Big banks may not follow Bank of Canada
Canada’s big banks may resist the urge to pass on to borrowers the full benefit if the Bank of Canada decides to reduce its key interest rate on Wednesday, a reluctance that could anger borrowers.
CIBC analyst Robert Sedran suggested a 25-basis-point cut in the central bank’s overnight rate could be followed by only a 10basis-point reduction in the prime rate by the big banks.
“Either way, we would not expect an overnight rate cut to be met with a full reduction in bank prime rates,’’ Sedran wrote in a report Tuesday on the eve of the Bank of Canada announcement that is hotly anticipated this time around amid concerns the economy is in a recession.
If the Bank of Canada cuts interest rates, it will be an effort to jumpstart the economy by making it cheaper for consumers and companies to borrow money.
But a cut by the central bank won’t automatically trigger a similar cut in the prime rate at the country’s big banks. That rate is currently standing at 2.85 per cent.
Moves in the prime rate affect variable rate mortgages as well as home equity lines of credit and other variable-rate forms of borrowing.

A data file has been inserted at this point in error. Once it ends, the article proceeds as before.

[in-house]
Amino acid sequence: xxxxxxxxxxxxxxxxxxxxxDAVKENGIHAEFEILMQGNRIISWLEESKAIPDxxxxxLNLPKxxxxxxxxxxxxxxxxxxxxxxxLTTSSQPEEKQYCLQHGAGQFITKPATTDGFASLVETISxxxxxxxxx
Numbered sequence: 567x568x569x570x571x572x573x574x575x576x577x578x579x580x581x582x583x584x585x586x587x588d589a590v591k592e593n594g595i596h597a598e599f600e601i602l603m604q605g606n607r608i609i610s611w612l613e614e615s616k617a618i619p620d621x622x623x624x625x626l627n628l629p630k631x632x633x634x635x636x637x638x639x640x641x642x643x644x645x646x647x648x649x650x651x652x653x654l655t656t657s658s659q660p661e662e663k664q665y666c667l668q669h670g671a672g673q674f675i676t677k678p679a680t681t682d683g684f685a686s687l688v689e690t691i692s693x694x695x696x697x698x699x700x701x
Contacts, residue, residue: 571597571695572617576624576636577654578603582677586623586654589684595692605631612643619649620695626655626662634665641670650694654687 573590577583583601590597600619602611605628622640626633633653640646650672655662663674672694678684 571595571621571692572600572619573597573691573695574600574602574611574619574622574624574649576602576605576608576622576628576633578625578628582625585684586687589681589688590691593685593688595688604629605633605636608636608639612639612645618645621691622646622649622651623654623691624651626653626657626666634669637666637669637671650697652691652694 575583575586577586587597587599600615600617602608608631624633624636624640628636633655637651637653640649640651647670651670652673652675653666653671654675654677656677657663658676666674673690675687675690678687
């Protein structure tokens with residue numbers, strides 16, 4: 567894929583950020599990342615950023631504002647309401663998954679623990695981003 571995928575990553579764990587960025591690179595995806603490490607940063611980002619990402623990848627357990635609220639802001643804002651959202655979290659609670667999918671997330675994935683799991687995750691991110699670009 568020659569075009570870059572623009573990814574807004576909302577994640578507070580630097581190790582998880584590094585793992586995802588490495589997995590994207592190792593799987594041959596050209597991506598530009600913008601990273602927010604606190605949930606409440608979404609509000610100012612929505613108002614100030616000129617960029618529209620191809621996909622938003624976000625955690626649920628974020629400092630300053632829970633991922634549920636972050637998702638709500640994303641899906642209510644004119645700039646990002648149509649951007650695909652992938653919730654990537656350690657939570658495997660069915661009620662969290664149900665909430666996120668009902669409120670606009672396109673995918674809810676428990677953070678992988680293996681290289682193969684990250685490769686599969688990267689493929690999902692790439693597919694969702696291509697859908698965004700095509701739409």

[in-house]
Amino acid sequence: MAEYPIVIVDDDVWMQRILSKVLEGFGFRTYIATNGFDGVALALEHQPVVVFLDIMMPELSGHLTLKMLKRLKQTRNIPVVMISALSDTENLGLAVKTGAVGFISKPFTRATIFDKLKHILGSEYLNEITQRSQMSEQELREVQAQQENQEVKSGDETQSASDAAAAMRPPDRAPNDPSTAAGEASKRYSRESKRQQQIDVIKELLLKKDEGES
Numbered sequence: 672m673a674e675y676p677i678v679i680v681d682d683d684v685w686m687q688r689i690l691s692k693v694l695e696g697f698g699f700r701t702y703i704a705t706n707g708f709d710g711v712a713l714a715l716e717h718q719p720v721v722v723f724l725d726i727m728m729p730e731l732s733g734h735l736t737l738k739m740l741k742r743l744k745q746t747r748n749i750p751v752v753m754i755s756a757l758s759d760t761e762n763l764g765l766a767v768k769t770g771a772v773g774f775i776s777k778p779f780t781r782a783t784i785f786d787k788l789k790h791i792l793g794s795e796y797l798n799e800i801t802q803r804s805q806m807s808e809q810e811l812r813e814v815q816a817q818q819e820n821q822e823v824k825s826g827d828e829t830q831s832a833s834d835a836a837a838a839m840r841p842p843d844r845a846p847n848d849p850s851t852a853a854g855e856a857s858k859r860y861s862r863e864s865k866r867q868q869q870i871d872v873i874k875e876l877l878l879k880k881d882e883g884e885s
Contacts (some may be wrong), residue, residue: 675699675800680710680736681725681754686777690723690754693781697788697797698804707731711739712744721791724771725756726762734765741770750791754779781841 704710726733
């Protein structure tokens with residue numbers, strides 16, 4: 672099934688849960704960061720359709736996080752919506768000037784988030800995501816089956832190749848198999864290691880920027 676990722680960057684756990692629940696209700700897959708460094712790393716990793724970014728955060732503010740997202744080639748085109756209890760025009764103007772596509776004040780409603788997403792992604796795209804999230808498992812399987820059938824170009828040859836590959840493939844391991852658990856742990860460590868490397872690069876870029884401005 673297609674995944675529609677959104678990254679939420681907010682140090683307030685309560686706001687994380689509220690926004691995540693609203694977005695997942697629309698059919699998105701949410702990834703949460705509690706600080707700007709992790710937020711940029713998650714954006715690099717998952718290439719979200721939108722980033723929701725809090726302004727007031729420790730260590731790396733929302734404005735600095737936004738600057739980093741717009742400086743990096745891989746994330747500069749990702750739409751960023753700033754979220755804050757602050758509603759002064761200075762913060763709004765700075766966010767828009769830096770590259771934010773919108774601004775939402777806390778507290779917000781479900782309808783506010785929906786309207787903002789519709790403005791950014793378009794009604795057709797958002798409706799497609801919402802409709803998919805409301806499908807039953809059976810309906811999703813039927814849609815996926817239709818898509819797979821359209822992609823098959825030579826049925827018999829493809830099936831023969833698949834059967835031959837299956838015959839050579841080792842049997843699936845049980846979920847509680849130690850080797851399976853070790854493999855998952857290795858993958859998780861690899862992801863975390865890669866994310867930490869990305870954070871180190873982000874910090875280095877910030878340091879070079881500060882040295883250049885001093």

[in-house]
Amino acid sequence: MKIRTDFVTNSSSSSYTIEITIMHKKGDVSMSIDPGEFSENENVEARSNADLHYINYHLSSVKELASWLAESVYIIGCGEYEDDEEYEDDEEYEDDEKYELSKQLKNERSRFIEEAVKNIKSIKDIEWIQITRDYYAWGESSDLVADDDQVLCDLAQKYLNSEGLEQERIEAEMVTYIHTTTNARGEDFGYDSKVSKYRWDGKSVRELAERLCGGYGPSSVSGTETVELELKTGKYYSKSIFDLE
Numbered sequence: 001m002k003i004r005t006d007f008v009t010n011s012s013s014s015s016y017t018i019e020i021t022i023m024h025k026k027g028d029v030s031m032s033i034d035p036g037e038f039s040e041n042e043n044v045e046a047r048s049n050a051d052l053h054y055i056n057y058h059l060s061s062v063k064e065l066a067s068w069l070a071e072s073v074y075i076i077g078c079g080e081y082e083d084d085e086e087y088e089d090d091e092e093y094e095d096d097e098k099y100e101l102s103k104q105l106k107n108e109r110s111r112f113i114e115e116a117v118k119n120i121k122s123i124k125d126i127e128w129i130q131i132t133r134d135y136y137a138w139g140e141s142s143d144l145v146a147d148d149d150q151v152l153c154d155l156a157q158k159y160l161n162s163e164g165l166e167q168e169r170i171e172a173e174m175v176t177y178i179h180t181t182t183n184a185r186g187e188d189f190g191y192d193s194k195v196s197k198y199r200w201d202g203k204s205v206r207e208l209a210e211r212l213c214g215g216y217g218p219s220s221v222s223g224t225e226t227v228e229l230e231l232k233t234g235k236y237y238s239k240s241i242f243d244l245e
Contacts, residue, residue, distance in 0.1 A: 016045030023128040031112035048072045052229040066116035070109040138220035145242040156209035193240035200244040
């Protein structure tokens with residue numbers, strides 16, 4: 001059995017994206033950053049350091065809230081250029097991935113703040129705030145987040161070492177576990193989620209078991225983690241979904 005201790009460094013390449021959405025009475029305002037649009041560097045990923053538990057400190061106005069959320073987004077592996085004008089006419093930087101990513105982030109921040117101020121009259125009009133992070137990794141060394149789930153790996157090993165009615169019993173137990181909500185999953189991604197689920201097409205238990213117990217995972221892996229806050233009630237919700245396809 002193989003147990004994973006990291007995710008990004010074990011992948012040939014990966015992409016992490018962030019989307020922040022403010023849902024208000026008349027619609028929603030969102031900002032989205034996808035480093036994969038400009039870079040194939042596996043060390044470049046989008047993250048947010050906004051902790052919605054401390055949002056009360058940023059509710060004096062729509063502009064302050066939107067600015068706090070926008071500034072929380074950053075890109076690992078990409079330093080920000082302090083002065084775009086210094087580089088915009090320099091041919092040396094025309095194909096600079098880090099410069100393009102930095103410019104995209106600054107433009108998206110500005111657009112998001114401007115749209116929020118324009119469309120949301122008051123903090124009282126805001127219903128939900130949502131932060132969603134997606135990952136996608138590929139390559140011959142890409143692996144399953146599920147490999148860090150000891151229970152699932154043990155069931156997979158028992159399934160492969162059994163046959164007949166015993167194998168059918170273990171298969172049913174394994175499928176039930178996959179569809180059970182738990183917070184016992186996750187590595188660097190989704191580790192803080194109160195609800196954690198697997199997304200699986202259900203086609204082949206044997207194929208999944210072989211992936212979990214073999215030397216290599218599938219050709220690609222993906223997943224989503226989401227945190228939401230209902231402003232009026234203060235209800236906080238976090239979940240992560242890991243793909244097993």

When the Bank of Canada unexpectedly cut the rate in January by a quarter of a percentage point, the big banks cut their prime rates by 0.15 -- but only after a week of hand-wringing about what to do.
Mortgage broker Frank Napolitano said if the banks don’t pass on the full amount in the event that the Bank of Canada once again opts to cut its key interest rate, they will face the wrath of angry borrowers.
“With the pressure that was put on them in January, they have to give back the quarter point, they have to follow suit,’’ said Napolitano, managing partner at Mortgage Brokers Ottawa.
“I don’t know that there is going to be as much leniency this time around from consumers.’’